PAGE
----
Long long ago, like any other normal child and teenager, I would refuse to eat anything healthy and leafy, until threatened with dire consequences. Or unless the alternative was starvation. “Eat it! Else the contents of your plate will be generously slathered over your head!” was a regular fatwa issued in our household. The contents being any non-carb-vitamin-rich vegetable dish on the indian food plate. I was not a rebellious child at all. I would meekly follow suit and try my best to finish off my plate for the next few hours or so, long after everyone else had finished (and digested) their meals and were ready for the next one. Much to the frustration of the poor mother, on verge of tears, getting late for work and worrying about her child missing the school bus yet again!
As a young adult I never stepped into my parents’ kitchen to make anything except for tea and maggi noodles. Much to the disapproval of some well wishers who would at every opportunity educate the mother on how it is important for a young girl to learn how to cook. How difficult it would be otherwise when she gets married. Dear mother never really took it to heart, but would sometimes mumble to me and the brother.”You both should know how to cook. It is an important life skill.” With that she would return to her regular business of being the supermom and we returned to our regular business of TV watching or staring into nothingness.
And then I discovered the kitchen. As a young bride in a foreign land of USA starting a new life, managing house for the first time, my enthusiasm knew no bounds. Armed with a plethora of cookbooks gifted by kind relatives, and a gullible and (then) smitten new husband, I would spend 4-5 hours each day trying to cook a meal for two. I discovered that the kitchen it itself is a functioning enterprise and you need to implement an effective ERP system and apply the principles of inventory and supply chain management to keep your (and others’) stress levels in check. Sometimes the hard way.
There are legendary stories of my making a shahi tukda that nobody could chew and using citric acid (an ingredient used to give a tangy taste) for salt, and wondering why the curry tastes super sour. I once alarmed the grocery store attendant (who might have thought of calling the cops) by asking him for citric “acid” to put in my food.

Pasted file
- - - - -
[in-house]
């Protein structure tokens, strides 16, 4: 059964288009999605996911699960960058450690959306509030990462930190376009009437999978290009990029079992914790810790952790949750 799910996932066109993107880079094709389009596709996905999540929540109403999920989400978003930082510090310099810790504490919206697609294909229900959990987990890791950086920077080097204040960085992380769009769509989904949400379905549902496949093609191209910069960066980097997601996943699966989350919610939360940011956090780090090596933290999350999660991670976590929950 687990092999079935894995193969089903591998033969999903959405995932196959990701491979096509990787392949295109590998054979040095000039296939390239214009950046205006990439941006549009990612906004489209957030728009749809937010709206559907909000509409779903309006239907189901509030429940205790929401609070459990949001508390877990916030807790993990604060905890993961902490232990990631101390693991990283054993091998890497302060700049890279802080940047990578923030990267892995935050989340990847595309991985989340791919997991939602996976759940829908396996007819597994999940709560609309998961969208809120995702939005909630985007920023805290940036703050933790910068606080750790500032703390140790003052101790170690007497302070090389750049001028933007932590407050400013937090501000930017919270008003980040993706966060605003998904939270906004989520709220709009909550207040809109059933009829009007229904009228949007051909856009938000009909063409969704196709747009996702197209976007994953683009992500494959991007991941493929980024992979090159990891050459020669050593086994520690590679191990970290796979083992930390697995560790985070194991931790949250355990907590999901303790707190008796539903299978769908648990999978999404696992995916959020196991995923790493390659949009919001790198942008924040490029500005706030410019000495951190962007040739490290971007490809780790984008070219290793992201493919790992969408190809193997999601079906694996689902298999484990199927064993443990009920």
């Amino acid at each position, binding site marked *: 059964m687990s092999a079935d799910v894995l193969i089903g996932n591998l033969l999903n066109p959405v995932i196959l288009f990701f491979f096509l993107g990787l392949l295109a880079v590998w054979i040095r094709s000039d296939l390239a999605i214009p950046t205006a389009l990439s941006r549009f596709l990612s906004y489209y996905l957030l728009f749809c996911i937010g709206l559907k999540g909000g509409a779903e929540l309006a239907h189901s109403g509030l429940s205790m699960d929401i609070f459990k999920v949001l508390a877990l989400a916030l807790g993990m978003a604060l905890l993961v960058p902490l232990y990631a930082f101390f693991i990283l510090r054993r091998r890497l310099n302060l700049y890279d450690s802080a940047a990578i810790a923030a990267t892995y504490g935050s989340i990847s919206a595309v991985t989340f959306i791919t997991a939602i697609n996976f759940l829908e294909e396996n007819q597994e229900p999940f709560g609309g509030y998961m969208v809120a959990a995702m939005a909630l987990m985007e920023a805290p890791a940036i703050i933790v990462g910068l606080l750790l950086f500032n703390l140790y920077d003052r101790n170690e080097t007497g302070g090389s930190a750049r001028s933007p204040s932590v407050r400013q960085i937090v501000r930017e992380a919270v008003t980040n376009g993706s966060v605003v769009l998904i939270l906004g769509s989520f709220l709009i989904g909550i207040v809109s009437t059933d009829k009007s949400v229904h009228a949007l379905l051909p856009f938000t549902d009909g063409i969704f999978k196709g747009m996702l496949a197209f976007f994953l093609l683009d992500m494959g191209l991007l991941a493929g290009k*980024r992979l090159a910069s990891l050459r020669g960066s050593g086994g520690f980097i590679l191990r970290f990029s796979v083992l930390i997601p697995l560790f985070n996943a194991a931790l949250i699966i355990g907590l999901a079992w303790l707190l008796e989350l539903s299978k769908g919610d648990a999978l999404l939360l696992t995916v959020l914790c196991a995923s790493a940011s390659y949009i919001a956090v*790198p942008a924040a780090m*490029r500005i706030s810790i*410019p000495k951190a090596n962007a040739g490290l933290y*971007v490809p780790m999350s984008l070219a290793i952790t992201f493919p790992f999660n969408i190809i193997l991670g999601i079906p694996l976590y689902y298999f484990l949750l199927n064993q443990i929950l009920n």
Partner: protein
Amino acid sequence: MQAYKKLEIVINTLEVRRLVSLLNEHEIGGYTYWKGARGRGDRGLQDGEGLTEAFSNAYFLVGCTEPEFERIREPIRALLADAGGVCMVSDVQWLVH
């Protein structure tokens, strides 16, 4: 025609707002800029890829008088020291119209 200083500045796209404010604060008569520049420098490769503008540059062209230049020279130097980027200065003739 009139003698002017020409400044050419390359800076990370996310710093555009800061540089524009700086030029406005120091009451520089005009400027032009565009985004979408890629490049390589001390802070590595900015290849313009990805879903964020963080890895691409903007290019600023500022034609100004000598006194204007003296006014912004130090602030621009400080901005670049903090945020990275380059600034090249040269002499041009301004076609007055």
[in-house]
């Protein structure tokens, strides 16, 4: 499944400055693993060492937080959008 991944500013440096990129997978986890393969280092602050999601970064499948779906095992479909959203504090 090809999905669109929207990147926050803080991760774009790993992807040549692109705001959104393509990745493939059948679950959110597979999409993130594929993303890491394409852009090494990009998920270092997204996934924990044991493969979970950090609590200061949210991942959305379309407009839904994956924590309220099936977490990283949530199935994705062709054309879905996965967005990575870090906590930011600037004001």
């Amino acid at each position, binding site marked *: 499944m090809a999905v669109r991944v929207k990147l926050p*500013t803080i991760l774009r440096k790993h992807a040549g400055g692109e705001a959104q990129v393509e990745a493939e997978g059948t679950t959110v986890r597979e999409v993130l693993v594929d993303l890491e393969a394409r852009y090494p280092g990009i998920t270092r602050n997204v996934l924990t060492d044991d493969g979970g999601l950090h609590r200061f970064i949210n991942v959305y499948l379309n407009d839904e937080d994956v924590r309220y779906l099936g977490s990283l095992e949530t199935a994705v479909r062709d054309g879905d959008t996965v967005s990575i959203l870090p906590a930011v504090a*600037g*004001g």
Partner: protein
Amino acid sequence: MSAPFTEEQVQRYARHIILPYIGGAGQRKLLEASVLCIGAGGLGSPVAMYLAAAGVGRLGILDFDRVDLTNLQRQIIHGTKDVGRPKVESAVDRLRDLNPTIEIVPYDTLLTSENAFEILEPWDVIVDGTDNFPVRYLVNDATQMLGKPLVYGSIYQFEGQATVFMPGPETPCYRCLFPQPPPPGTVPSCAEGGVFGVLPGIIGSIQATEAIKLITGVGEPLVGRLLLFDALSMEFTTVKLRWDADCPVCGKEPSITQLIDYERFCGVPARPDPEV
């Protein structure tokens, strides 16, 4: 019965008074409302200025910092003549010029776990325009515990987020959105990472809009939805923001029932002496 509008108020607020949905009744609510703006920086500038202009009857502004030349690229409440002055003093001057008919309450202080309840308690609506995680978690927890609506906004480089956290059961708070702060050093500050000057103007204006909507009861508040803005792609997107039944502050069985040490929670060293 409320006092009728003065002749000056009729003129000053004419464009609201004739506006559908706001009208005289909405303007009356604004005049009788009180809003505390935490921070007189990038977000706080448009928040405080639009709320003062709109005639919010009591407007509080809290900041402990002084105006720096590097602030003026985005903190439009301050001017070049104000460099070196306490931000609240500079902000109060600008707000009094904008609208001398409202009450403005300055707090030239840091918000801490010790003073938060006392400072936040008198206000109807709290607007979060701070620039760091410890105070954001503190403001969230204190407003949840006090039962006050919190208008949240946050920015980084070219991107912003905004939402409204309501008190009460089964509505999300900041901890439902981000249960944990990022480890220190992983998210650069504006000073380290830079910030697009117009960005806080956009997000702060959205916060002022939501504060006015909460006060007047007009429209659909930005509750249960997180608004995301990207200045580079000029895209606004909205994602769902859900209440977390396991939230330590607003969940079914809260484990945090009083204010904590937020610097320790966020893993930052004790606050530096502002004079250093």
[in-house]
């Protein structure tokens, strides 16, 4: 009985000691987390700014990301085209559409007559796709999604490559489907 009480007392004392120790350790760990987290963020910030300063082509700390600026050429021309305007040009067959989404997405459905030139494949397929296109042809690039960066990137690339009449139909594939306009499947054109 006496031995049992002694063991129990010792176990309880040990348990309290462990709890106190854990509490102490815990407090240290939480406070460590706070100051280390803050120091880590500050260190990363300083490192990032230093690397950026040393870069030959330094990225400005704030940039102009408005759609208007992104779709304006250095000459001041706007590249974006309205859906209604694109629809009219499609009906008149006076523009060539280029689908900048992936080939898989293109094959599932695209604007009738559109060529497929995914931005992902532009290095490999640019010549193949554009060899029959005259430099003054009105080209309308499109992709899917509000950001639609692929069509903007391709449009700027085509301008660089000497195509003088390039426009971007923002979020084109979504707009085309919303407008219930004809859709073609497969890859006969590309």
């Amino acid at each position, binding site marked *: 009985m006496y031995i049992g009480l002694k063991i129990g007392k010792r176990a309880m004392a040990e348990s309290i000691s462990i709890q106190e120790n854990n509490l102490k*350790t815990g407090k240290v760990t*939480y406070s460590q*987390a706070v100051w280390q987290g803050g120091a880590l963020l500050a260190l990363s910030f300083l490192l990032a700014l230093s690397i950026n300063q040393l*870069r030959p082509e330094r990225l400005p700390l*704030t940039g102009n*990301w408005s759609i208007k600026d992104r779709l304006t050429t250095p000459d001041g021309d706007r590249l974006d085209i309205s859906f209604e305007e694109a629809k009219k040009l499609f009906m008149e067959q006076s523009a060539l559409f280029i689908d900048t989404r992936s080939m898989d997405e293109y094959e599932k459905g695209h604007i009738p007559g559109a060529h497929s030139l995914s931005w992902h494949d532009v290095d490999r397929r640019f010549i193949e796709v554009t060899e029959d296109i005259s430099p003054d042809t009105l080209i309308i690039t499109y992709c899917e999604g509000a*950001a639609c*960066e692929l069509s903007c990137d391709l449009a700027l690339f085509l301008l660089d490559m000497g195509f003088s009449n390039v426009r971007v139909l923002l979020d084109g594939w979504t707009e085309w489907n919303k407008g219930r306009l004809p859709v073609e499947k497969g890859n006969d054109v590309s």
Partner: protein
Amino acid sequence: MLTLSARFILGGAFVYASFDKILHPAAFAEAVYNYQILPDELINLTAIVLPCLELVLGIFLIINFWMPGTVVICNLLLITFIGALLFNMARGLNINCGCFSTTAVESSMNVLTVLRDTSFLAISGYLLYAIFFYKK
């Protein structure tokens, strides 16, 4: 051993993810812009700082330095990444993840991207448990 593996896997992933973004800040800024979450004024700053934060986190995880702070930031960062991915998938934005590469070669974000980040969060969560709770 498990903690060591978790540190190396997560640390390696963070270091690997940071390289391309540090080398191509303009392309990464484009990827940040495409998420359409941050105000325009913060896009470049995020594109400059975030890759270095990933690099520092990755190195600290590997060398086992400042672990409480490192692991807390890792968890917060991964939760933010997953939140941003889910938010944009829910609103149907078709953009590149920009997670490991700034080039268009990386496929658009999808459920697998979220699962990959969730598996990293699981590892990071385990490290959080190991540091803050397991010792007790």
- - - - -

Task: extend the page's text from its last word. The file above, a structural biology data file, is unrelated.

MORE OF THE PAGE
For the first couple of years I experimented with cooking and eating (out) not just Desi food, but a variety of fancy firangi cuisine. I learnt the art of cooking the very homely marathi comfort foods courtesy phone calls and emails to the two moms (mine and his) and of course Ruchira . (This is the bible of maharashtrian cooking. Generations of “Sugrihinis” of the typical marathi families swear by this book ). I remember wrinkling my nose and rolling my eyes over this archaic book initially, but found myself pulling out cheat notes from it. I also tried italian dishes, baked goodies, desserts and pies. (Ok pie – the singular) I drew inspiration and advice from some braveheart culinary expert members of family and friends. My efforts and culinary skills were highly appreciated by the hubby (obviously) and local friends and family (surprisingly).
I was all gung-ho to try out different restaurants, Italian, Thai, Mexican, Chinese, Middle Eastern, Japanese etc. Unfortunately dear hub did not exactly share my enthusiasm. Having lived away from home for a major part of his life for education and work, he yearned (yes, yearned) for home cooked food. Much to his dismay, though, my adventurous nature started weighing over my desire to cook the “gharguti” (homely) meals. “Bhaji Poli” or “Khichadi and Kadhi” would draw the same delightful response of approval from him, (a hard core vegetarian), that “Pad Thai” or “Lasagna” would get from me. So our household witnessed many a tug-of-war negotiations and craftily crafted arguments in favor of and against eating out on many many evenings. The outcomes sometimes going in my favor, sometimes in his, depending upon the capacity and interest of each individual to throw or withstand a tantrum that day.
Now after 11 years of seasoned marriage, and 2 kids later we are at peace with each other’s preferences. Dear dottie is mamma’s girl and sonny boy takes after his father in terms of food preferences. I had to pack parathas for the boys on our trip to HK on Malaysian air, while us girls delightfully polished off the chicken and salmon meals – both our own and the boys’. She is an easy child to take anywhere in the world and is adventurous to try out different things. Sonny boy, however wants to go to a restaurant for all the fan fare but refuses to eat anything there except for the sweet. Once we return from the restaurant, and when I am in my blissland enjoying the weekend afternoon siesta after a hearty buffet and kababs at Barbecue Nation he stands in front of me at a safe distance and demands food very loudly.
But anyway, thanks to our R2I, we have plenty of restaurant options to please all our palates (desi and bidesi, veg and non veg) and most importantly we have *drumrolls* “the cook”. A valuable backup plan of comfort food at home, and peace in the house.
For my dear readers (who are still reading and have reached this point), who now know this background, its a stage set for a part II of this post. (Huh, did I hear some grumblings and oh nos? I must be hallucinating). I will try my best to get around to it – and make a real point about my food adventures. Watch this space. It is coming soon.